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Getting to grips with taper relief

How gifting makes sense of this confusing area of tax

Gifts that are worth more than the
£3,000 annual exemption are potentially subject to inheritance
tax. But the amount of tax to pay on these gifts depends on how long the donor survives following each respective gift. If someone dies within seven years of making a gift it may be liable to IHT, but could benefit from taper relief.

One of the most confusing aspects of taper relief is that it does not reduce the capital value of a transfer but, rather, it decreases the tax payable. Therefore, if there is no tax payable on the gift, the relief will not be applied. In turn, this means any gift that sits inside the nil-rate band – currently £325,000 – cannot benefit from taper relief, making it very useful for high net-worth individuals.

Mark Devlin: When IHT exemptions are not exempt

When and how does taper relief work?

Most lifetime gifts are potentially exempt transfers which, as long as the donor lives for more than seven years from the date of the gift, become fully exempt after this time. However, if they don’t live for the full seven years, taper relief will be applied on a sliding scale which decreases the tax payable as long as there is more than three years between the date of the gift and the date of death.

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Case studies

For the purpose of these case studies, assume that all lifetime exemptions have already been used and no other gifts have been made.

This following case illustrates when taper relief would not be applied: Frank makes a gift of £350,000 to his only son in January 2010. He subsequently dies in February 2012, just over two years later. The amount is above the nil-rate band, which means there is IHT to pay, but because Frank died within three years of making the gift there is no taper relief available.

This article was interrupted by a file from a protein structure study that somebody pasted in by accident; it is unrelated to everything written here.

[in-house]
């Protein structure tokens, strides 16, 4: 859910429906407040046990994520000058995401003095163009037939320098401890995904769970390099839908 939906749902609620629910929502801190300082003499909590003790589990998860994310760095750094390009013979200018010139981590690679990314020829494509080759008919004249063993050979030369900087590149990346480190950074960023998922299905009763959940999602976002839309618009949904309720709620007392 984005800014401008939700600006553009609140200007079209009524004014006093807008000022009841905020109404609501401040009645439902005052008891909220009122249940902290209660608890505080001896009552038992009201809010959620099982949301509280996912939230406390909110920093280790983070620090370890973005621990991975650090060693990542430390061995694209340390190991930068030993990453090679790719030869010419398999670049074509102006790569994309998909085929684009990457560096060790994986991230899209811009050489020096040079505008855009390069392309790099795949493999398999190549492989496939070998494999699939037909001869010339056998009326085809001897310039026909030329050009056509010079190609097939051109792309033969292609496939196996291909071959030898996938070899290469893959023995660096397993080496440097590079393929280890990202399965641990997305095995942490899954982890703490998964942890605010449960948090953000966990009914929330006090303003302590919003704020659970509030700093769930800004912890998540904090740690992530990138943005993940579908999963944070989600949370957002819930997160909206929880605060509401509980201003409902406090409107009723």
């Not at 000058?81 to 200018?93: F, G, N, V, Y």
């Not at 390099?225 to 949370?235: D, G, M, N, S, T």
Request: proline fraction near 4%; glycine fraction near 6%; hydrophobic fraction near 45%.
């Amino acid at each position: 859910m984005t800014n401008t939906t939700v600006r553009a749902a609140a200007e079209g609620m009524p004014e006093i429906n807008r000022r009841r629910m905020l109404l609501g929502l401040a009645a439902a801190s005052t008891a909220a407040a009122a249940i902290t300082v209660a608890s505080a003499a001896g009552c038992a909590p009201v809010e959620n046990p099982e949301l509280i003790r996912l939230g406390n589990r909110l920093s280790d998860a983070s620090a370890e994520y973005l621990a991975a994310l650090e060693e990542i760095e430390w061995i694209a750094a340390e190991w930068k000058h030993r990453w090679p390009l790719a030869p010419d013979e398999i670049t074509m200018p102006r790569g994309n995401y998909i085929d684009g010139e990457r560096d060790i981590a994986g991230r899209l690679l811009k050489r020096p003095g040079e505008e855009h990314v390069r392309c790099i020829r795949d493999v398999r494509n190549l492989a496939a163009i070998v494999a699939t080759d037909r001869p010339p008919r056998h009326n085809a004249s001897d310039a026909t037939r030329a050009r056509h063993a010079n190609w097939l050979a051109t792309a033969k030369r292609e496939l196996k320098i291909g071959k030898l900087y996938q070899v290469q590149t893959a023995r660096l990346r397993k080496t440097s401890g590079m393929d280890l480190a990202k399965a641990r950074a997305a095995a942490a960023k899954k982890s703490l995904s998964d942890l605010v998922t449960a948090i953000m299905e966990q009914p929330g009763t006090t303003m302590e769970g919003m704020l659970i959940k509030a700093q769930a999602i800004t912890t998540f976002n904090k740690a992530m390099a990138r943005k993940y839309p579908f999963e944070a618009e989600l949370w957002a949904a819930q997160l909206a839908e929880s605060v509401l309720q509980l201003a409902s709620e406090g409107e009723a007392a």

The IHT calculation is: £350,000 (value of gifts) – £325,000 (NRB) = £25,000 x 40% (rate of IHT on death) = £10,000 tax payable.

This following case illustrates when taper relief would be applied: Francesca has an estate of £1m and makes a gift of £500,000 to her daughter on 2 October, 2010. She dies five years later on 13 October, 2015. The gift was made more than five years before death, but the amount is above the IHT nil-rate band at date of death, which means IHT will need to be paid.

The IHT calculation is: £500,000 (value of gift) – £325,000 (NRB) = £175,000 x 40% = £70,000.

As the gift was made between five and six years before the date of death, taper relief applies to the tax payable. £70,000 x 60% taper relief = £42,000. This means that tax payable is £28,000 (£70,000 – £42,000).

However, there will also be IHT due on Francesca’s remaining assets held within her estate (£500,000). As the nil-rate band has already been used by the failed gift, IHT will be charged at the full amount: £500,000 x 40% =£200,000.

Phil Wickenden: Why IHT protection should not be overlooked

Additional key points about taper relief 

Something to bear in mind is that the nil-rate band is applied in chronological order.

This means any gifts within a seven-year period prior to death will also claim the nil-rate band before any other assets or property within the deceased’s estate.

For example, if someone with an estate of £500,000 gifted £162,500 in 2016, another £162,500 in 2017 and then died in 2018, then not only would taper relief not apply but they would also have to pay full IHT on the remaining £175,000 in the deceased’s estate.

Taper relief can help make the transfer of someone’s estate very tax efficient if the person lives long enough to take advantage of the relief available. However, there are some negatives to lifetime gifting, such as the fact you lose control of the asset and may reduce your financial independence if you live for longer than expected and no longer have access to the money.

Rachael Griffin is tax and financial planning expert at Old Mutual Wealth

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